Who Really Wrote Holy Writ?

“Sacred Scripture is the speech of God as it is put down in writing under the breath of the Holy Spirit.” —Dei Verbum

Valentin de Boulogne (1591-1632), “Saint Paul Writing His Epistles”
Valentin de Boulogne (1591-1632), “Saint Paul Writing His Epistles” (photo: Public Domain)

If the Council Fathers were right in telling us that the Bible belongs to God, and that on every page he speaks to us, sending out communications beneath the breath of the Holy Spirit, how should we respond? As privileged recipients of a Word entrusted to his Bride, the Church, what attitude ought we to have in hearing or reading this Word? Here we are, eavesdropping, as it were, on a conversation that has been going on from all eternity, and because the exchange is among the three divine persons on whom our salvation happens to depend, how best may we receive it?

Surely the only finally appropriate attitude to take is one of discipleship, not scholarship. However necessary it may be to master a myriad of technical details about the text — the precise meaning of words, for instance, transcribed from ancient tongues — in terms of the finality of motivation in approaching the text, primacy belongs to the disciple. To one whose mind and will have been fortified with a faith attuned to hearing exactly the Word who was in the beginning and without whom there could not be a beginning. One’s whole attitude, in other words, must be that of complete docility before Christ, who alone is Master and Teacher. The true disciple of the Lord, therefore, does not set about trying to dominate the Book, forcing it onto some Procrustean Bed of his own devising. Rather one is to remain with perfect receptivity before the self-revealing Word of God himself. 

Do not confuse docility, however, with servility, as though one were required to check one’s intelligence in the cloak room before sitting down before the Book. Reason is not the enemy of faith, but its handmaid. Remaining simple and childlike before the text — not childish and infantile — with eyes wide open to take in all that has been revealed, is the only way forward. Otherwise, the text will refuse to yield its secrets, leaving the mystery either undiscovered or, and this is far worse, completely blown apart. In fact, the whole point of the exercise is to integrate the two, both discipleship and scholarship, so that they move in tandem, neither one lording it over the other.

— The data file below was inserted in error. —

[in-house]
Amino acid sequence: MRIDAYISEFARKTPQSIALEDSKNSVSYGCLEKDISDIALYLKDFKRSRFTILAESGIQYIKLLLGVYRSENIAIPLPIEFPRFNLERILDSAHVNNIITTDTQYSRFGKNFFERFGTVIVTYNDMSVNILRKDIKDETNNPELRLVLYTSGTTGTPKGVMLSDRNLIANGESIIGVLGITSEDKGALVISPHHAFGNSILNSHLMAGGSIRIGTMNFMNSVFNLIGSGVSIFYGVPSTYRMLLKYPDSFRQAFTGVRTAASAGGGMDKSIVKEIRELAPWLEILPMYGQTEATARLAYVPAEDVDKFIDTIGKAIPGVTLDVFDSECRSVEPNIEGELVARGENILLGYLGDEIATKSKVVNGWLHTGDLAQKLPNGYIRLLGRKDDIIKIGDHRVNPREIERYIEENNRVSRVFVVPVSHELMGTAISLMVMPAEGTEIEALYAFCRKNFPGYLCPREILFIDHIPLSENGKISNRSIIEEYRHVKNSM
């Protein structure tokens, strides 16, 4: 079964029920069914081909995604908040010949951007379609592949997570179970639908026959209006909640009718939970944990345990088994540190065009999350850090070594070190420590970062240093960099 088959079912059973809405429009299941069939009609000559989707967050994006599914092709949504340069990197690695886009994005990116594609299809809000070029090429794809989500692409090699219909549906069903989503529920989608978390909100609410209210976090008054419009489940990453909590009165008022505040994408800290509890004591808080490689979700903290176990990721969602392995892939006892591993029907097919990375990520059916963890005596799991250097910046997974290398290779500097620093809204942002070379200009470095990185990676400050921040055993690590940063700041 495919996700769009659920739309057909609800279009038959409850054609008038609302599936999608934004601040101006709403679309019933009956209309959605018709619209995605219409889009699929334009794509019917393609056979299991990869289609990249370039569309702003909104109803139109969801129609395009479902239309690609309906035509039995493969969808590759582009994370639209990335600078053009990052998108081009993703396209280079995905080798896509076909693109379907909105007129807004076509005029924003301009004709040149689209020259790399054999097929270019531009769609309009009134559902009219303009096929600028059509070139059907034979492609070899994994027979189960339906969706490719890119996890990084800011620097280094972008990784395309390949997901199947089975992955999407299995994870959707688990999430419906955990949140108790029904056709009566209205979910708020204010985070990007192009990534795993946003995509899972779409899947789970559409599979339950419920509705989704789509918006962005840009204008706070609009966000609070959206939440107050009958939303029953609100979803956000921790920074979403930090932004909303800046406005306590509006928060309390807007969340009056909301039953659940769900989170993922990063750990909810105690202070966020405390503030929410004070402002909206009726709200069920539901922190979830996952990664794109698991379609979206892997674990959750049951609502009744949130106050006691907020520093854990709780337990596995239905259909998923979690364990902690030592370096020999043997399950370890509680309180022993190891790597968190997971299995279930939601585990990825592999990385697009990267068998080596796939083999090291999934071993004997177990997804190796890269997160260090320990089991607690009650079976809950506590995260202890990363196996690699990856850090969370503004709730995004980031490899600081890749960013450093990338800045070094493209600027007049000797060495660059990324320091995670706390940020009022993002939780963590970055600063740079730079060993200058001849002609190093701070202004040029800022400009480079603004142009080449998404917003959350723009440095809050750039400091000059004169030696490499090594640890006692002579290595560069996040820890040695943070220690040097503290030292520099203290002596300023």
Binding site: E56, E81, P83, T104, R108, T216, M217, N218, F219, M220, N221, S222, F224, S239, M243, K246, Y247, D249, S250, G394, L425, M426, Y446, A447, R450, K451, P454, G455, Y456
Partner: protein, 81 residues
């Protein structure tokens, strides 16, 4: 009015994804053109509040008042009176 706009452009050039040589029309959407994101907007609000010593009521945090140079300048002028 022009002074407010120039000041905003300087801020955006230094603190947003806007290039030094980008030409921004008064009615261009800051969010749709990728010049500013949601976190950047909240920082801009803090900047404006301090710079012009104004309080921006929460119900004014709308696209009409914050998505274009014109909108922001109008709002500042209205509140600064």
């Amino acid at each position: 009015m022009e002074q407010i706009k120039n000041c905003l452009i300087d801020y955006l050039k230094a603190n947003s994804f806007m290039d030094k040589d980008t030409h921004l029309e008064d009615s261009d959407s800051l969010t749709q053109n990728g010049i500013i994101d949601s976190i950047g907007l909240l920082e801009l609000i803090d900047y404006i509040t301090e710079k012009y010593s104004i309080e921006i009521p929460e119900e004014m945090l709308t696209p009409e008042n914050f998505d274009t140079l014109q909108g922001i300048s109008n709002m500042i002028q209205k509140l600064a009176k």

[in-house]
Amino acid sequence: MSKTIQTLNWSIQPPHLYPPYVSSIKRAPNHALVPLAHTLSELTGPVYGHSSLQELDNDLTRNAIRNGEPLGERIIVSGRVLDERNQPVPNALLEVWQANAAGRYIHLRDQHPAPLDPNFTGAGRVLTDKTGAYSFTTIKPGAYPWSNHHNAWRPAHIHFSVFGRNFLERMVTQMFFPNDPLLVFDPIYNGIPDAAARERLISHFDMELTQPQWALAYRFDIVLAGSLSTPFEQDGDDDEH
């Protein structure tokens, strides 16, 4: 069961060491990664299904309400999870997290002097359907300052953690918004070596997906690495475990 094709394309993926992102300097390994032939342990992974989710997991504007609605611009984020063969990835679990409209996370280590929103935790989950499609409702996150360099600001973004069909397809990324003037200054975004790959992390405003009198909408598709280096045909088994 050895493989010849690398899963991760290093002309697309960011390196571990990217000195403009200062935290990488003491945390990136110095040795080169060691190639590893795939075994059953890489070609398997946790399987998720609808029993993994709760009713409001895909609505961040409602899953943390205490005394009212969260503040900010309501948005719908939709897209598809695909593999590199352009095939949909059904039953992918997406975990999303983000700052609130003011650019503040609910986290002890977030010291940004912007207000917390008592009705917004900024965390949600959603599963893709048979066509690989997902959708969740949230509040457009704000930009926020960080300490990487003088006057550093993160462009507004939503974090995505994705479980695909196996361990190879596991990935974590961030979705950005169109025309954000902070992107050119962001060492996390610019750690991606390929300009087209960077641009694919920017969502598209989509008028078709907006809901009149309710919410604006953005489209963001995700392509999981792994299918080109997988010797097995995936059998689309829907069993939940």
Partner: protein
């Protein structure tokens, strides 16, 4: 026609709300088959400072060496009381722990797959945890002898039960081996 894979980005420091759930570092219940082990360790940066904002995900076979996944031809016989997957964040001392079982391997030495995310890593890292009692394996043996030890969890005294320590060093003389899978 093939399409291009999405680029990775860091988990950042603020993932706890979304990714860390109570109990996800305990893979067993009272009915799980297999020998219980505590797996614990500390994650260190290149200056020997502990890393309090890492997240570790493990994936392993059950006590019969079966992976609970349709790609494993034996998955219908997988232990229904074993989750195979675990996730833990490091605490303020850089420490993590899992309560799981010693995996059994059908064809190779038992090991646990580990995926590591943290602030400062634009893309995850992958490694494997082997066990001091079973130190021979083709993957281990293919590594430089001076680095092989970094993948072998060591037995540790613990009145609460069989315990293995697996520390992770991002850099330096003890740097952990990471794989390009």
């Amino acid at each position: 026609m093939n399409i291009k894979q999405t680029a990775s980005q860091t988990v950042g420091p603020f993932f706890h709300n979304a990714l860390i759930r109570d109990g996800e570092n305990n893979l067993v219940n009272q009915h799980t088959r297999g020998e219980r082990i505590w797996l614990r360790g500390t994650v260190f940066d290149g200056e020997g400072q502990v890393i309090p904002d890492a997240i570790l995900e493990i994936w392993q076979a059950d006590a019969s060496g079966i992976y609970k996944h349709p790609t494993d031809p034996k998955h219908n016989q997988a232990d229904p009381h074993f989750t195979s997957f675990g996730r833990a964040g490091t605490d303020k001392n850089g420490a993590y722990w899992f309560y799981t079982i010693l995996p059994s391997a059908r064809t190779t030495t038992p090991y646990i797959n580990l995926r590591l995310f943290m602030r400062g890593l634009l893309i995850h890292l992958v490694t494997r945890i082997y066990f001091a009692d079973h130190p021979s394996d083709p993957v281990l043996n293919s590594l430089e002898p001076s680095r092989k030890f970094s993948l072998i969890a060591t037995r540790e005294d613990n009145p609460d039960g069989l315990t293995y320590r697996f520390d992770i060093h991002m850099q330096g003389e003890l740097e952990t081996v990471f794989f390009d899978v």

The philosopher Etienne Gilson provides a wonderful and instructive example of how this works. The triumph of the Gothic, which became a lance aimed at the heart of God, could only have been, he tells us, “the happy result of piety joined to geometry.” Leave one or the other out, and there is no cathedral.

Perfect mastery of the text, in other words, is a matter of both learning and love; of reverence for what you have received coupled with an aim to understand what you reverence. Only the man moved by love is likely to learn things that are truly important to him. “Rome was not loved because she was great,” Chesterton reminds us. “She was great because she was loved.” It is, by the way, a principle applicable to almost anything worth knowing or doing, from playing the piano to baking a pie to tossing a frisbee. Love what you do and learn all that you can about the thing that you love. In other words, enter as deeply as you can into the thing itself, allowing the sheer otherness of it to instill its meaning into your mind and heart.

“The first criterion of success in any endeavor,” declared W.H. Auden, “is intensity of love, or, less pompously, love.” To appreciate a work of art, of beauty — and the Christ shown to us in the Scriptures is supremely, stunningly beautiful — one needs to approach it much like a piece of stained glass window, which means from the inside, from the angle of the artist who fashioned it. Stand on the outside, straddling the pavement, and the work will appear pallid and opaque, boring and dull. But the moment you step inside, encountering the work as though for the very first time, with a sense of childlike wonder and amazement, you will all at once be struck by the sudden dazzling display of light and color, of clarity and proportion, the sheer radiance of the scene will overwhelm and, yes, stupefy the soul.

In short, we must become, as Jesus himself advises, like little children, overflowing with fresh and continuous delight. “The child,” exults Chesterton, “sees the world in the light of an eternal morning … which has a sort of wonder in it as if the world were as new as the child itself.” And the thing that renders so wonderful the experience of childhood, he concludes, “is that anything in it was a wonder. It was not merely a world full of miracles; it was a miraculous world.” 

What counts is the wonder. Before anything else one must allow oneself to be ravished, swept away by the encounter with existence, with the Christ figure who, like an athlete, may be seen running through all the pages of his Book. It is as though, once again, one were to see the world as if it had just been made. 

“At a certain historical moment,” writes Luigi Giussani, “one man, Jesus of Nazareth, not only revealed the mystery of God but identified himself with it.” And because every word of Holy Writ will testify to that fact, we must love and esteem the Book he wrote.